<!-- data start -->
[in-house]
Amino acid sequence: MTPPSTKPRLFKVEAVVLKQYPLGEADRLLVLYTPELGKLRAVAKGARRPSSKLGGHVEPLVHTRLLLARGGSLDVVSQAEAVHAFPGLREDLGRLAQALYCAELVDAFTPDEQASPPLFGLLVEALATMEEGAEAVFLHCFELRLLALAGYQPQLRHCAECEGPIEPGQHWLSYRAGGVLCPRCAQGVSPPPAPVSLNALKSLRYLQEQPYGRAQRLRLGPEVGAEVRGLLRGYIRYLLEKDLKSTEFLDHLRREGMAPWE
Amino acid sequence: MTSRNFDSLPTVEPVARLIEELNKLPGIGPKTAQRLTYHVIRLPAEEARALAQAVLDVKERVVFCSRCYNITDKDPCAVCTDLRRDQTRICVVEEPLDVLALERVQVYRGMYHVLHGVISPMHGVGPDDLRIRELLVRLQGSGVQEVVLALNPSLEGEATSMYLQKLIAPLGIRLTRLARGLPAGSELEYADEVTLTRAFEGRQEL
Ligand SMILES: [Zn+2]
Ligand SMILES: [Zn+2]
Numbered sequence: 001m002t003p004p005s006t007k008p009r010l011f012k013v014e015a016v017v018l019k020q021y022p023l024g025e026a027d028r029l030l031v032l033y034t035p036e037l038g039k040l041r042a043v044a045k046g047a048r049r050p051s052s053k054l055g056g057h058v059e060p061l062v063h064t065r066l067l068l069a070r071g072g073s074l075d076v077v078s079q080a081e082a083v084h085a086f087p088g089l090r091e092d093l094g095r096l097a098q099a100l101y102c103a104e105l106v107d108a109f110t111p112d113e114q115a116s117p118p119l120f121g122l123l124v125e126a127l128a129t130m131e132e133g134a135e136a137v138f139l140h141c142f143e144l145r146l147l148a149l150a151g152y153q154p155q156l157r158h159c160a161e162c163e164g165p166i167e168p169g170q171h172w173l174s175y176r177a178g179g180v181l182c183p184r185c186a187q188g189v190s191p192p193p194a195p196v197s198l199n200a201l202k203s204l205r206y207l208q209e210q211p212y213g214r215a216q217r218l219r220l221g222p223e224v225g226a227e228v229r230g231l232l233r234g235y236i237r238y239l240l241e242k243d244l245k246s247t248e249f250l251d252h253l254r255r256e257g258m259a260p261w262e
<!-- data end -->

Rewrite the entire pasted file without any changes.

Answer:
[in-house]
Amino acid sequence: MTPPSTKPRLFKVEAVVLKQYPLGEADRLLVLYTPELGKLRAVAKGARRPSSKLGGHVEPLVHTRLLLARGGSLDVVSQAEAVHAFPGLREDLGRLAQALYCAELVDAFTPDEQASPPLFGLLVEALATMEEGAEAVFLHCFELRLLALAGYQPQLRHCAECEGPIEPGQHWLSYRAGGVLCPRCAQGVSPPPAPVSLNALKSLRYLQEQPYGRAQRLRLGPEVGAEVRGLLRGYIRYLLEKDLKSTEFLDHLRREGMAPWE
Amino acid sequence: MTSRNFDSLPTVEPVARLIEELNKLPGIGPKTAQRLTYHVIRLPAEEARALAQAVLDVKERVVFCSRCYNITDKDPCAVCTDLRRDQTRICVVEEPLDVLALERVQVYRGMYHVLHGVISPMHGVGPDDLRIRELLVRLQGSGVQEVVLALNPSLEGEATSMYLQKLIAPLGIRLTRLARGLPAGSELEYADEVTLTRAFEGRQEL
Ligand SMILES: [Zn+2]
Ligand SMILES: [Zn+2]
Numbered sequence: 001m002t003p004p005s006t007k008p009r010l011f012k013v014e015a016v017v018l019k020q021y022p023l024g025e026a027d028r029l030l031v032l033y034t035p036e037l038g039k040l041r042a043v044a045k046g047a048r049r050p051s052s053k054l055g056g057h058v059e060p061l062v063h064t065r066l067l068l069a070r071g072g073s074l075d076v077v078s079q080a081e082a083v084h085a086f087p088g089l090r091e092d093l094g095r096l097a098q099a100l101y102c103a104e105l106v107d108a109f110t111p112d113e114q115a116s117p118p119l120f121g122l123l124v125e126a127l128a129t130m131e132e133g134a135e136a137v138f139l140h141c142f143e144l145r146l147l148a149l150a151g152y153q154p155q156l157r158h159c160a161e162c163e164g165p166i167e168p169g170q171h172w173l174s175y176r177a178g179g180v181l182c183p184r185c186a187q188g189v190s191p192p193p194a195p196v197s198l199n200a201l202k203s204l205r206y207l208q209e210q211p212y213g214r215a216q217r218l219r220l221g222p223e224v225g226a227e228v229r230g231l232l233r234g235y236i237r238y239l240l241e242k243d244l245k246s247t248e249f250l251d252h253l254r255r256e257g258m259a260p261w262e